• Quentin Bell & Virginia Nicholson. CHARLESTON-A BLOOMSBURY HOUSE AND GARDEN, New York, Holt, 1997, first American edition, oblong quarto, fine with near fine dust jacket,152 pp., profusely illustrated in color, a room-by-room excursion through this home so central to Bloomsbury outside London. $55
  • Sackville-West, V. CHALLENGE, New York, George H. Doran, [1923], the third impression in RED CLOTH, lettered in black on spine and on upper board, see notes to Cross A9b, VG, 297 pp., dedicated to Violet Trefusis in the Romany dialect they shared, a scarce appearance of this book suppressed in England by Lady Sackville who feared the disclosure of VS-W’s relationship with Violet Trefusis, number of copies unknown. $95
  • [Bell, Grant, Woolf & Bloomsbury] A complete run of THE CHARLESTON NEWSLETTER, Issues Nos. 1-24 (1982-89) + index (all published); published by the Charleston Trust, Richmond, Surrey, edited by Hugh Lee, wrappers, VG, s contained in two volume custom green bindings supplied by Charleston at the time – these bindings are unusual in using a string technique which allows removal but also allows volumes to open nearly flat for ease of copying; an amazing work of scholarship starting with the formation of the Trust to save Charleston, many contributions by Quentin Bell and other Bloomsbury people then alive, many issues have color plates of Bloomsbury art by Bell & Grant especially Charleston and other rooms decorated by them; great sequence of articles on Bloomsbury bookplates with copies, the breadth of the topics is vast, ultimately succeeded by The Charleston Magazine in 1990; scarce in the complete set and an essential Bloomsbury reference source as much of this material (from original Bloomsbury members then still alive) exists only here. $485

Background on the Woolf hunters

According to “Woolf Hunters,” a 2010 article in the Harvard Magazine, Richardson founders Jon and harbor books screenshotMargaret Richardson have made hunting down the works of Virginia Woolf and the Bloomsbury Group their mission since opening York Harbor Books in Maine more than 20 years ago.

To receive your own list, contact Jon S. Richardson Rare Books at yorkharborbooks@aol.com.

Read Full Post »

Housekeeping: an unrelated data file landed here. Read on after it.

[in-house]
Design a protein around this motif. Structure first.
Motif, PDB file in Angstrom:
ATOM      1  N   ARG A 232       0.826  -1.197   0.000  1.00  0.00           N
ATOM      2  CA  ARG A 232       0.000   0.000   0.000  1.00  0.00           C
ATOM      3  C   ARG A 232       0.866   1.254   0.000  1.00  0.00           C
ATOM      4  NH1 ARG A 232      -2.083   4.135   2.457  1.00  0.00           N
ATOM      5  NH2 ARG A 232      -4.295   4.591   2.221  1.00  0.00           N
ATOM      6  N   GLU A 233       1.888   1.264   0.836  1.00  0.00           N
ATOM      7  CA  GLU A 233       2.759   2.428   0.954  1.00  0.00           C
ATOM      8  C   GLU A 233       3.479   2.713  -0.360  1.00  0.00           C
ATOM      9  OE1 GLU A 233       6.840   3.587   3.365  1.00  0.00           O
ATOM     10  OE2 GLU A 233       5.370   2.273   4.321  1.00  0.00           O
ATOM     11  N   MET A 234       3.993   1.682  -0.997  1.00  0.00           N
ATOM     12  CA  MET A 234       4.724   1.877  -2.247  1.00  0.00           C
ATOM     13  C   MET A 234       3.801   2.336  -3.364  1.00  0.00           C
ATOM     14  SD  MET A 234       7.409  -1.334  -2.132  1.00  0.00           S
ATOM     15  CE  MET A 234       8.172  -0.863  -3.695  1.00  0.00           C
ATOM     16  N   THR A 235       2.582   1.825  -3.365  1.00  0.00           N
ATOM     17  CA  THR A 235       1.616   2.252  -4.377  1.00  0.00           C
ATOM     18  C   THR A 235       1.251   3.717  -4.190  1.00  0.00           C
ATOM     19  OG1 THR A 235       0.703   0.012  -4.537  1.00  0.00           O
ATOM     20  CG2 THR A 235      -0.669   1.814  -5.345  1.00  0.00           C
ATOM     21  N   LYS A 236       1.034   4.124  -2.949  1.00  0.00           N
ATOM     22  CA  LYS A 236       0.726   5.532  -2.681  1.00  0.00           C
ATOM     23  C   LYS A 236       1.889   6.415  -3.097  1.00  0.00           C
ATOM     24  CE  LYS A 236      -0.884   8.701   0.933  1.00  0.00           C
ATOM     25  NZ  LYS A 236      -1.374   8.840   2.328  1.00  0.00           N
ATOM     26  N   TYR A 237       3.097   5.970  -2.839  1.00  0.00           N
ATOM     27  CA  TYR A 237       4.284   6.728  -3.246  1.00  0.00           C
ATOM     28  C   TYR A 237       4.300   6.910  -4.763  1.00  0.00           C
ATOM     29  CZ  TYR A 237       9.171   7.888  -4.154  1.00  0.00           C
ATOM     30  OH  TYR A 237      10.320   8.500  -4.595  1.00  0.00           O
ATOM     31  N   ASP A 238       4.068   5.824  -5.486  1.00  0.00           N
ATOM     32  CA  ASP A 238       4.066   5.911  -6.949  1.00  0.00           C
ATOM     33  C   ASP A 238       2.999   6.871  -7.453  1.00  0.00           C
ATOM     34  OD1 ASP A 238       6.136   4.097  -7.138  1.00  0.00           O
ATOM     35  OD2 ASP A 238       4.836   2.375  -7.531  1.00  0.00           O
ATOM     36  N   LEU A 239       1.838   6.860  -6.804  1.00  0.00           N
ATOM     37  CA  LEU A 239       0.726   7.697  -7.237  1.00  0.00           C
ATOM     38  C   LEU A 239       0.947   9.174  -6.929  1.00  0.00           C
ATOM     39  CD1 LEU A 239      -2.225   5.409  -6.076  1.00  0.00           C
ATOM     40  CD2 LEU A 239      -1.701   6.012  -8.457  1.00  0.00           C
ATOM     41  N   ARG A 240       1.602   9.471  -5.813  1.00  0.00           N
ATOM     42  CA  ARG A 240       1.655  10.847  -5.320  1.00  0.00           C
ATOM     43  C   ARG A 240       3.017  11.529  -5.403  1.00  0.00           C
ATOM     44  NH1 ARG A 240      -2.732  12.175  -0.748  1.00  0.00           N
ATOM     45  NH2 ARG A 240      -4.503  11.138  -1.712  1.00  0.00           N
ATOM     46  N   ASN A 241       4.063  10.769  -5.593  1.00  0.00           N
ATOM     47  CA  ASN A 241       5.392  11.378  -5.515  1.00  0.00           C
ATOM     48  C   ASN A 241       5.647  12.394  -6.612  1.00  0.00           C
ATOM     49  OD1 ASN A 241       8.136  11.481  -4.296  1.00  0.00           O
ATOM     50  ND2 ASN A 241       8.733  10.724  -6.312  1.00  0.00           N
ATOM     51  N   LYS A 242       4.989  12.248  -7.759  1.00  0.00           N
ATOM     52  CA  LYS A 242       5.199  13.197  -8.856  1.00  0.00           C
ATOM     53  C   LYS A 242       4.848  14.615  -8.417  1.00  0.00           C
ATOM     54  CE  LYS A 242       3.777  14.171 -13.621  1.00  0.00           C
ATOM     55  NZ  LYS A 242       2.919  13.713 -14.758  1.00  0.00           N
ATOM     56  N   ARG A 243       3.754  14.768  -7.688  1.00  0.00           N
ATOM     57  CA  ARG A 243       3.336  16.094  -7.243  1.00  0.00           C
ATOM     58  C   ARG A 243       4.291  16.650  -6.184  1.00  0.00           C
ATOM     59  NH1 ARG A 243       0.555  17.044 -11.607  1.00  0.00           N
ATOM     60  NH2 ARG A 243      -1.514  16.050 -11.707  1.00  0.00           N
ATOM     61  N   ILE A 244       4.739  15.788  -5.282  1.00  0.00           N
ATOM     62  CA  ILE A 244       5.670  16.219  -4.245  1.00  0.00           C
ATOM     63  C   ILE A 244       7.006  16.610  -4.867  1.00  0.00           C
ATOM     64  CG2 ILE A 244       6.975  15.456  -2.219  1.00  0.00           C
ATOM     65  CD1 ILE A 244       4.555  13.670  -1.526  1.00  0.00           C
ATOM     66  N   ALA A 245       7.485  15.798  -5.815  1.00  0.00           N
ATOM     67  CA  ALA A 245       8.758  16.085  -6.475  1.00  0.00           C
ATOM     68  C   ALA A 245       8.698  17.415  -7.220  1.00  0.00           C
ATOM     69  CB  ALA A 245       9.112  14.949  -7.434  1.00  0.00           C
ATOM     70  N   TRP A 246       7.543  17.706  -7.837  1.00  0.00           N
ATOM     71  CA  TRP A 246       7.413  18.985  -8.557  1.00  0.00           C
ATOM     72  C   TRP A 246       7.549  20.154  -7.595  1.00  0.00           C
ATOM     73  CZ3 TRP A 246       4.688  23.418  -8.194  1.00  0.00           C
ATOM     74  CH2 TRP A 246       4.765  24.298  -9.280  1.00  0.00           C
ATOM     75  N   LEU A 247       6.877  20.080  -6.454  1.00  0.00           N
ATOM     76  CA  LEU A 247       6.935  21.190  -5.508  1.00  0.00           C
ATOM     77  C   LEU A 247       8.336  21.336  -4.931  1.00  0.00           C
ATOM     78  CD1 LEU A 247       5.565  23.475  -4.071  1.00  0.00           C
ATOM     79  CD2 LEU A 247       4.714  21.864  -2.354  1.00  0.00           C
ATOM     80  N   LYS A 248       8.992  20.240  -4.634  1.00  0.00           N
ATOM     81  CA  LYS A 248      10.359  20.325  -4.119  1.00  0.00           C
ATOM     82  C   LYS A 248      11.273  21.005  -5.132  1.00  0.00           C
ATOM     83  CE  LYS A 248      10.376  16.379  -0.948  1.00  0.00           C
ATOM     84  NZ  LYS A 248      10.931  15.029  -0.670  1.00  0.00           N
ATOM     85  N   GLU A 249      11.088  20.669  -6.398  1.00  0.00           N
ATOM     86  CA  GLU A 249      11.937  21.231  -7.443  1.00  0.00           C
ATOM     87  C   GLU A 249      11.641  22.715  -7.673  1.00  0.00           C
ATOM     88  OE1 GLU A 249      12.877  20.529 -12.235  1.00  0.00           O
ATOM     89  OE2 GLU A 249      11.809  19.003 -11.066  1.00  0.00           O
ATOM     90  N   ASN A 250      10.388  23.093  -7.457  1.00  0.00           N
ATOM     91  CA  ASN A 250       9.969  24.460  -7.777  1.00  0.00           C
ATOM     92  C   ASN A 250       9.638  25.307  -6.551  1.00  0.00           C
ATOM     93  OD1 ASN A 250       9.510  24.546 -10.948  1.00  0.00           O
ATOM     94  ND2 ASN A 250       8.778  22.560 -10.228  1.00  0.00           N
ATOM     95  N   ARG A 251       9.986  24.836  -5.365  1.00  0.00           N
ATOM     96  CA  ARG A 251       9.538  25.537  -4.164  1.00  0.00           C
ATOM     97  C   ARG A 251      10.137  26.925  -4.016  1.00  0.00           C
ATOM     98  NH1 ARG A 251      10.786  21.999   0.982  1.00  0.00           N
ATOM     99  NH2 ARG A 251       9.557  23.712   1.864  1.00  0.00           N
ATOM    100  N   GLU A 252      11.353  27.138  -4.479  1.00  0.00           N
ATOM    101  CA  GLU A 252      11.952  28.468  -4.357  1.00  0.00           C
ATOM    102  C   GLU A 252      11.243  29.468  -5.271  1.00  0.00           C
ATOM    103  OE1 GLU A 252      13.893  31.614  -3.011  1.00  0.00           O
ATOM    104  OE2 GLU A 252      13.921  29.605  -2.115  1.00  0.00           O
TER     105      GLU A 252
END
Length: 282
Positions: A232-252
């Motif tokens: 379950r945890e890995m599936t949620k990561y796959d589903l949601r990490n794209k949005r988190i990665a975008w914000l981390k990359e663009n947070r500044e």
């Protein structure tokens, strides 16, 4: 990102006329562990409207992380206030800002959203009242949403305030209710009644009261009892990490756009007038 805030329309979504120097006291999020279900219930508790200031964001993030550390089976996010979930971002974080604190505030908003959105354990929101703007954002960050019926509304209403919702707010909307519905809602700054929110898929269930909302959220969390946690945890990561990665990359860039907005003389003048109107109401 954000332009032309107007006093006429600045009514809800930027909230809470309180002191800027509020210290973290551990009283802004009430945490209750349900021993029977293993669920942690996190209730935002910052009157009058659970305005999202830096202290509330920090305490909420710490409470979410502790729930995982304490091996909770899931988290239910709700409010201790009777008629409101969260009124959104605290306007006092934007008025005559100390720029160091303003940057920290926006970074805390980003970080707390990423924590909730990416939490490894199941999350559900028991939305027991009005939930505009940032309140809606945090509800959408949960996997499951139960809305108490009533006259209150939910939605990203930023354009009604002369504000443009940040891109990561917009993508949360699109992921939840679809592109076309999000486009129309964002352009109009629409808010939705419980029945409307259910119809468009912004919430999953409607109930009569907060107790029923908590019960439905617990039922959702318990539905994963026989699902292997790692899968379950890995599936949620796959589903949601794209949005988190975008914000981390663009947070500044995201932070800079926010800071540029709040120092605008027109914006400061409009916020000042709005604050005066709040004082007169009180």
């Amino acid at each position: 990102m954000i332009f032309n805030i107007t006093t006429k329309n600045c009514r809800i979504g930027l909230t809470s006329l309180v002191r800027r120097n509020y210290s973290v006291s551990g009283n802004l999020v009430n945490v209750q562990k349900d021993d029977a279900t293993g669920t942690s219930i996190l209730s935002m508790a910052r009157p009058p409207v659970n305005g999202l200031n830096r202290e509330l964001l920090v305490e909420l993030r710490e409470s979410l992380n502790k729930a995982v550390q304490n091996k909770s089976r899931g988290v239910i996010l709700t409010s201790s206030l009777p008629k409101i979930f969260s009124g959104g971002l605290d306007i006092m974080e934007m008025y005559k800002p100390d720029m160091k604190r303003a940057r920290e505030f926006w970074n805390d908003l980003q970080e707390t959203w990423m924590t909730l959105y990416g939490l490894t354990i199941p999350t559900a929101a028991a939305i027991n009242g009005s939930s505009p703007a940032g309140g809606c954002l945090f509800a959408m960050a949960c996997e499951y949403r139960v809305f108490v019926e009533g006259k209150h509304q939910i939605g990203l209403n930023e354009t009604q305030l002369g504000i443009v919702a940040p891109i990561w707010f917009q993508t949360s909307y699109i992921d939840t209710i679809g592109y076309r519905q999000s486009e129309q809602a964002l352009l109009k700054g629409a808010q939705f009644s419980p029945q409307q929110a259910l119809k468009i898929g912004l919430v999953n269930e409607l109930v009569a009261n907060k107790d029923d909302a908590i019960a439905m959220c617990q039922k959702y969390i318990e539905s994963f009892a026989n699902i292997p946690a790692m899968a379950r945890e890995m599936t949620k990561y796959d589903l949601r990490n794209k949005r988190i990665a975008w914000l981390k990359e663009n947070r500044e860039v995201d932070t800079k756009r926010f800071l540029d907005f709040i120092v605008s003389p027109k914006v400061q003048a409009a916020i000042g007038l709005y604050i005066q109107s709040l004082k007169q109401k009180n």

Marking 100 years since the end of the First World War and 80 years since the publication of Three Guineas, the 28th Annual International Conference on Virginia Woolf at the University of Kent in Canterbury, England, invites papers addressing the dual theme of Europe and Peace. Download the call for papers.

From the ‘prying’, ‘insidious’ ‘fingers of the European War’ that Septimus Warren Smith would never be free of in Mrs. Dalloway to Woolf’s call to ‘think peace into existence’ during the Blitz in ‘Thoughts on Peace in an Air Raid’, questions of war and peace pervade her writings. They are also central to Woolf’s Bloomsbury circle, exemplified in John Maynard Keynes’ The Economic Consequences of the Peace, Clive Bell’s Peace at Once and Leonard Woolf’s Quack, Quack!

While seeking proposals that address the European contexts and cultures of modernism between wars, we also encourage exploration of how these writings can help us think through what it might mean to create peace in Europe today amid various political, humanitarian, economic and environmental crises.

Topics may include, but are not limited to:

  • Bloomsbury and pacifism
  • Literature of the First and Second World Wars
  • The Spanish Civil War
  • The Armistice and Paris Peace Conference
  • Three Guineas and its legacies
  • International/transnational/cosmopolitan Woolf
  • Bloomsbury and the European avant-garde
  • Feminism, queer studies and LGBT+ politics
  • Empire, race and ethnicity
  • Woolf and continental philosophy/theory
  • European translations of Woolf and Bloomsbury
  • Ecological/environmental/economic crises
  • Violence, trauma and fascism
  • Bloomsbury and classical antiquity
  • Woolf across visual art, film, dance and music
  • Travel writing and European journeys

Abstracts of a maximum of  200 words for single papers and 500 words for panels should be sent to vwoolf2018@gmail.com by 1 February 2018.

Read Full Post »

This post is reblogged from The Charleston Attic.

We visited the Courtauld Gallery’s display of items from the Omega Workshops. The Workshops operated in London between 1913 and 1919 under the directorship of Roger Fry, Vanessa Bell and Duncan Gra…

Source: From Patterned to Plain: A Visit to the Courtauld Gallery Exhibition on Omega Workshops | The Charleston Attic

Read Full Post »

First, there was the conference. Then came the party. In London. With the Woolfs.